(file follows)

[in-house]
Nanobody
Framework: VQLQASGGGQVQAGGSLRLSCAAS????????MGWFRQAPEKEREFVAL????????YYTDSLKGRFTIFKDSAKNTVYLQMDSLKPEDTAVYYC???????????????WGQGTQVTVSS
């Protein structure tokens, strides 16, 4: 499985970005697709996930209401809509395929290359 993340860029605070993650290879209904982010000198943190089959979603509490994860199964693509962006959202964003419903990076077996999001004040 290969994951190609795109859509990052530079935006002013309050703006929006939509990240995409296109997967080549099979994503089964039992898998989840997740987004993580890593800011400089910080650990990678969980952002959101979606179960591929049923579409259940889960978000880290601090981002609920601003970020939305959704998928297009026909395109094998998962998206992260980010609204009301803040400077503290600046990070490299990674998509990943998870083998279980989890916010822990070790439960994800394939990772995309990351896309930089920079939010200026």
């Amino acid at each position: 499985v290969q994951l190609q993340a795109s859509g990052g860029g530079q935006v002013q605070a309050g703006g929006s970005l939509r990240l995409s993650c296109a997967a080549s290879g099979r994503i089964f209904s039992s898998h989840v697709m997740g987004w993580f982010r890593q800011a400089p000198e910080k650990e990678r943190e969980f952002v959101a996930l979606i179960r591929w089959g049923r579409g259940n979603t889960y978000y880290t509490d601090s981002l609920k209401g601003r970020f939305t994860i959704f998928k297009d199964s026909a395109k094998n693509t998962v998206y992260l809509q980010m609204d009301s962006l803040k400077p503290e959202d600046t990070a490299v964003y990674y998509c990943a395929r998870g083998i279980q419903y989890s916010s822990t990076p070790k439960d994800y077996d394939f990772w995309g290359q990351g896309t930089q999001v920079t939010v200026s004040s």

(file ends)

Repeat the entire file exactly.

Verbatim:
[in-house]
Nanobody
Framework: VQLQASGGGQVQAGGSLRLSCAAS????????MGWFRQAPEKEREFVAL????????YYTDSLKGRFTIFKDSAKNTVYLQMDSLKPEDTAVYYC???????????????WGQGTQVTVSS
């Protein structure tokens, strides 16, 4: 499985970005697709996930209401809509395929290359 993340860029605070993650290879209904982010000198943190089959979603509490994860199964693509962006959202964003419903990076077996999001004040 290969994951190609795109859509990052530079935006002013309050703006929006939509990240995409296109997967080549099979994503089964039992898998989840997740987004993580890593800011400089910080650990990678969980952002959101979606179960591929049923579409259940889960978000880290601090981002609920601003970020939305959704998928297009026909395109094998998962998206992260980010609204009301803040400077503290600046990070490299990674998509990943998870083998279980989890916010822990070790439960994800394939990772995309990351896309930089920079939010200026």
């Amino acid at each position: 499985v290969q994951l190609q993340a795109s859509g990052g860029g530079q935006v002013q605070a309050g703006g929006s970005l939509r990240l995409s993650c296109a997967a080549s290879g099979r994503i089964f209904s039992s898998h989840v697709m997740g987004w993580f982010r890593q800011a400089p000198e910080k650990e990678r943190e969980f952002v959101a996930l979606i179960r591929w089959g049923r579409g259940n979603t889960y978000y880290t509490d601090s981002l609920k209401g601003r970020f939305t994860i959704f998928k297009d199964s026909a395109k094998n693509t998962v998206y992260l809509q980010m609204d009301s962006l803040k400077p503290e959202d600046t990070a490299v964003y990674y998509c990943a395929r998870g083998i279980q419903y989890s916010s822990t990076p070790k439960d994800y077996d394939f990772w995309g290359q990351g896309t930089q999001v920079t939010v200026s004040s």